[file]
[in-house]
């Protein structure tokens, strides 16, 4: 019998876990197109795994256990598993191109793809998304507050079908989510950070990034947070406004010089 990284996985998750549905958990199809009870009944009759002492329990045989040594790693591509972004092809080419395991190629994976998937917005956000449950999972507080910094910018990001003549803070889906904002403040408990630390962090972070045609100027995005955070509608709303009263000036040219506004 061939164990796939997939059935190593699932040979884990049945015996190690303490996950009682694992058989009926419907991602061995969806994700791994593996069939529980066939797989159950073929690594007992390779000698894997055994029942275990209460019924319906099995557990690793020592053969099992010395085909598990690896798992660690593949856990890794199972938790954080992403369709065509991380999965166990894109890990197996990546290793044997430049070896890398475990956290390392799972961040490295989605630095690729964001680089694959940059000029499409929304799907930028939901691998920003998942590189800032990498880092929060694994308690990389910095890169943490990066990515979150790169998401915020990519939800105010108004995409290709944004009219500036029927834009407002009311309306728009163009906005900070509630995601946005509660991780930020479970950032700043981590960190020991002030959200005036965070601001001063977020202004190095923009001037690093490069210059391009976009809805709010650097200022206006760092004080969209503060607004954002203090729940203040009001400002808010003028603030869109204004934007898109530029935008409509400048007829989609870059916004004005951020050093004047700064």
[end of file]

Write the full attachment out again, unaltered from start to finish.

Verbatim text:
[in-house]
């Protein structure tokens, strides 16, 4: 019998876990197109795994256990598993191109793809998304507050079908989510950070990034947070406004010089 990284996985998750549905958990199809009870009944009759002492329990045989040594790693591509972004092809080419395991190629994976998937917005956000449950999972507080910094910018990001003549803070889906904002403040408990630390962090972070045609100027995005955070509608709303009263000036040219506004 061939164990796939997939059935190593699932040979884990049945015996190690303490996950009682694992058989009926419907991602061995969806994700791994593996069939529980066939797989159950073929690594007992390779000698894997055994029942275990209460019924319906099995557990690793020592053969099992010395085909598990690896798992660690593949856990890794199972938790954080992403369709065509991380999965166990894109890990197996990546290793044997430049070896890398475990956290390392799972961040490295989605630095690729964001680089694959940059000029499409929304799907930028939901691998920003998942590189800032990498880092929060694994308690990389910095890169943490990066990515979150790169998401915020990519939800105010108004995409290709944004009219500036029927834009407002009311309306728009163009906005900070509630995601946005509660991780930020479970950032700043981590960190020991002030959200005036965070601001001063977020202004190095923009001037690093490069210059391009976009809805709010650097200022206006760092004080969209503060607004954002203090729940203040009001400002808010003028603030869109204004934007898109530029935008409509400048007829989609870059916004004005951020050093004047700064």